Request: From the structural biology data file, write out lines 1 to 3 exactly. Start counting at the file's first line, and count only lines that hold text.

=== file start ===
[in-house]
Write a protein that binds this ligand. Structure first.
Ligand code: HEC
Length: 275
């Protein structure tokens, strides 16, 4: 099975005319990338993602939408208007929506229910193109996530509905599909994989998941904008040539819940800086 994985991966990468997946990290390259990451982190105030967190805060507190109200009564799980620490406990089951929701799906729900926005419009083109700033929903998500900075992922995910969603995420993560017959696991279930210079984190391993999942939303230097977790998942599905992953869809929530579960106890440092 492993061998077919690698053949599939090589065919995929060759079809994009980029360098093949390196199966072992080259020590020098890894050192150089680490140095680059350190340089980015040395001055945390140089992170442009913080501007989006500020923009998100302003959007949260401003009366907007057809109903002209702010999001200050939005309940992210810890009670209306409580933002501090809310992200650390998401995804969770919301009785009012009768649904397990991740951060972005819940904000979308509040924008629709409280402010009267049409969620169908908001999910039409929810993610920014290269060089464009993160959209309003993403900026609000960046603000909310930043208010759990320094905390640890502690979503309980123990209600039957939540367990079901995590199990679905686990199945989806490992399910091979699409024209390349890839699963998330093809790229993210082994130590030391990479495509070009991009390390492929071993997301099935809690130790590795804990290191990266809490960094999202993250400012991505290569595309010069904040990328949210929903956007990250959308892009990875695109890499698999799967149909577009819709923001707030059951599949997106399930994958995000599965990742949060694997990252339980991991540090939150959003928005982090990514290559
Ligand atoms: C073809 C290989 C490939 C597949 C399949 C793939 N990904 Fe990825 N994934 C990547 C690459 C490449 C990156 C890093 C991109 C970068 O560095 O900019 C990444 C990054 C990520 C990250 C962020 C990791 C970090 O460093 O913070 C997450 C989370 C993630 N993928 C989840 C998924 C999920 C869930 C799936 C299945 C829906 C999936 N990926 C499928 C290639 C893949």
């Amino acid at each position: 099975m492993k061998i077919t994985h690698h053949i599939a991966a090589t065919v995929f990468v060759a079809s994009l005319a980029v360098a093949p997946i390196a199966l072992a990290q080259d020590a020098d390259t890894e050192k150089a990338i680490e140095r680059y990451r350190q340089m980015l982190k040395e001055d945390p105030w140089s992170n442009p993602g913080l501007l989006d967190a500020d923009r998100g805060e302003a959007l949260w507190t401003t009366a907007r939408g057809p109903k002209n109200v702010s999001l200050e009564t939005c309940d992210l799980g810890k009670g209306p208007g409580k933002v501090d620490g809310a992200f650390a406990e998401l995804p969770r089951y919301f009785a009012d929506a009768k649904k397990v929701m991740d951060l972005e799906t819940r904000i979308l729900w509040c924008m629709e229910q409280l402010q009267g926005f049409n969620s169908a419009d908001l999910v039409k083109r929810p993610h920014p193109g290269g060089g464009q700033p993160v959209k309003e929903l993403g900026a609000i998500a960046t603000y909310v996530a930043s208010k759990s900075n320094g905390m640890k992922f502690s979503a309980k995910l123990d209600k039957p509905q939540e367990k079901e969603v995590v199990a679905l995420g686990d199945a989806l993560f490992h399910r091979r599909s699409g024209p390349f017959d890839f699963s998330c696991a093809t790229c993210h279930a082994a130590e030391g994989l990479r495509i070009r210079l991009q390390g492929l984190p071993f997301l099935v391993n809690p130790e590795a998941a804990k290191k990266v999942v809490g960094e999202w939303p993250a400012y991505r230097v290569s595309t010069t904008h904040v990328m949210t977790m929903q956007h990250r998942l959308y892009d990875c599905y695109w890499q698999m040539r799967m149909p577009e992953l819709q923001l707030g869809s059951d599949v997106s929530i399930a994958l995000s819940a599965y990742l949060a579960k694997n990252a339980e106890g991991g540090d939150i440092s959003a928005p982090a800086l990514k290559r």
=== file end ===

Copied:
[in-house]
Write a protein that binds this ligand. Structure first.
Ligand code: HEC